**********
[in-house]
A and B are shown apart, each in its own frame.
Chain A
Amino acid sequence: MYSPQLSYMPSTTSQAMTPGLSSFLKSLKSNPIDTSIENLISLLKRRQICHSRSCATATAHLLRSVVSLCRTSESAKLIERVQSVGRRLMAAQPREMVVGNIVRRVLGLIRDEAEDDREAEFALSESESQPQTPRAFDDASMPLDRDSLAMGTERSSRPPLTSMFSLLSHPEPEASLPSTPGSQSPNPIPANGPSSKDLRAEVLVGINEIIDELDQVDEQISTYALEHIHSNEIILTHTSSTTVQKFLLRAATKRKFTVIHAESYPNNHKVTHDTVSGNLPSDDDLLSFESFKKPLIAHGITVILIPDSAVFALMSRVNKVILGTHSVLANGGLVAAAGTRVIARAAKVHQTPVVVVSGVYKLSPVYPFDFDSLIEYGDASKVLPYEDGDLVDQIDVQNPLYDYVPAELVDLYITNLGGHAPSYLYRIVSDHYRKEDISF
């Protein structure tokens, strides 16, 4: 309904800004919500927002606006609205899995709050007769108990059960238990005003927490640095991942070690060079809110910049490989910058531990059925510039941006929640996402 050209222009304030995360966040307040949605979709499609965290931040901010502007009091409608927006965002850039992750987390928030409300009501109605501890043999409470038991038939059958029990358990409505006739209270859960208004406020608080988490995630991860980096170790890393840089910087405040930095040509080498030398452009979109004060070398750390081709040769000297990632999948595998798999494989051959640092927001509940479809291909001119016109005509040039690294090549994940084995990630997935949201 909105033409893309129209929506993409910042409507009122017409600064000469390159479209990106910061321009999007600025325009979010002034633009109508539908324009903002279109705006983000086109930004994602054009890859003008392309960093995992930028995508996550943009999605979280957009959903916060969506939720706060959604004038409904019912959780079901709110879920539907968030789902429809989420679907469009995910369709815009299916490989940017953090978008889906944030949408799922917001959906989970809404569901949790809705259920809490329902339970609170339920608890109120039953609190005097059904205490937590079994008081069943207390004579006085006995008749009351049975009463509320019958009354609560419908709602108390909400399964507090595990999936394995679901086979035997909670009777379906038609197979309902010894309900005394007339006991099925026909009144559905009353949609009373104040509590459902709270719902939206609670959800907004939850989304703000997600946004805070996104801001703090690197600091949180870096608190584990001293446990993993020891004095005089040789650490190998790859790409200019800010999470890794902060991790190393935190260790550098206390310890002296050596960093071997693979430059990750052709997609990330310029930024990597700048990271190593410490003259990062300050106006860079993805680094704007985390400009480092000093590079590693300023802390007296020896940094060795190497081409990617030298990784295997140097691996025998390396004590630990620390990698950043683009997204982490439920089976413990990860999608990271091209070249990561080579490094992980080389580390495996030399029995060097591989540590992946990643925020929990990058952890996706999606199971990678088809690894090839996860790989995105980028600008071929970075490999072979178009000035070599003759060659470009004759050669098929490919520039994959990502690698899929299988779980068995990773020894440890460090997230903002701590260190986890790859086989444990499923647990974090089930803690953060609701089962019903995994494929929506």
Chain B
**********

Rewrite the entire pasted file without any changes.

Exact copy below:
[in-house]
A and B are shown apart, each in its own frame.
Chain A
Amino acid sequence: MYSPQLSYMPSTTSQAMTPGLSSFLKSLKSNPIDTSIENLISLLKRRQICHSRSCATATAHLLRSVVSLCRTSESAKLIERVQSVGRRLMAAQPREMVVGNIVRRVLGLIRDEAEDDREAEFALSESESQPQTPRAFDDASMPLDRDSLAMGTERSSRPPLTSMFSLLSHPEPEASLPSTPGSQSPNPIPANGPSSKDLRAEVLVGINEIIDELDQVDEQISTYALEHIHSNEIILTHTSSTTVQKFLLRAATKRKFTVIHAESYPNNHKVTHDTVSGNLPSDDDLLSFESFKKPLIAHGITVILIPDSAVFALMSRVNKVILGTHSVLANGGLVAAAGTRVIARAAKVHQTPVVVVSGVYKLSPVYPFDFDSLIEYGDASKVLPYEDGDLVDQIDVQNPLYDYVPAELVDLYITNLGGHAPSYLYRIVSDHYRKEDISF
């Protein structure tokens, strides 16, 4: 309904800004919500927002606006609205899995709050007769108990059960238990005003927490640095991942070690060079809110910049490989910058531990059925510039941006929640996402 050209222009304030995360966040307040949605979709499609965290931040901010502007009091409608927006965002850039992750987390928030409300009501109605501890043999409470038991038939059958029990358990409505006739209270859960208004406020608080988490995630991860980096170790890393840089910087405040930095040509080498030398452009979109004060070398750390081709040769000297990632999948595998798999494989051959640092927001509940479809291909001119016109005509040039690294090549994940084995990630997935949201 909105033409893309129209929506993409910042409507009122017409600064000469390159479209990106910061321009999007600025325009979010002034633009109508539908324009903002279109705006983000086109930004994602054009890859003008392309960093995992930028995508996550943009999605979280957009959903916060969506939720706060959604004038409904019912959780079901709110879920539907968030789902429809989420679907469009995910369709815009299916490989940017953090978008889906944030949408799922917001959906989970809404569901949790809705259920809490329902339970609170339920608890109120039953609190005097059904205490937590079994008081069943207390004579006085006995008749009351049975009463509320019958009354609560419908709602108390909400399964507090595990999936394995679901086979035997909670009777379906038609197979309902010894309900005394007339006991099925026909009144559905009353949609009373104040509590459902709270719902939206609670959800907004939850989304703000997600946004805070996104801001703090690197600091949180870096608190584990001293446990993993020891004095005089040789650490190998790859790409200019800010999470890794902060991790190393935190260790550098206390310890002296050596960093071997693979430059990750052709997609990330310029930024990597700048990271190593410490003259990062300050106006860079993805680094704007985390400009480092000093590079590693300023802390007296020896940094060795190497081409990617030298990784295997140097691996025998390396004590630990620390990698950043683009997204982490439920089976413990990860999608990271091209070249990561080579490094992980080389580390495996030399029995060097591989540590992946990643925020929990990058952890996706999606199971990678088809690894090839996860790989995105980028600008071929970075490999072979178009000035070599003759060659470009004759050669098929490919520039994959990502690698899929299988779980068995990773020894440890460090997230903002701590260190986890790859086989444990499923647990974090089930803690953060609701089962019903995994494929929506």
Chain B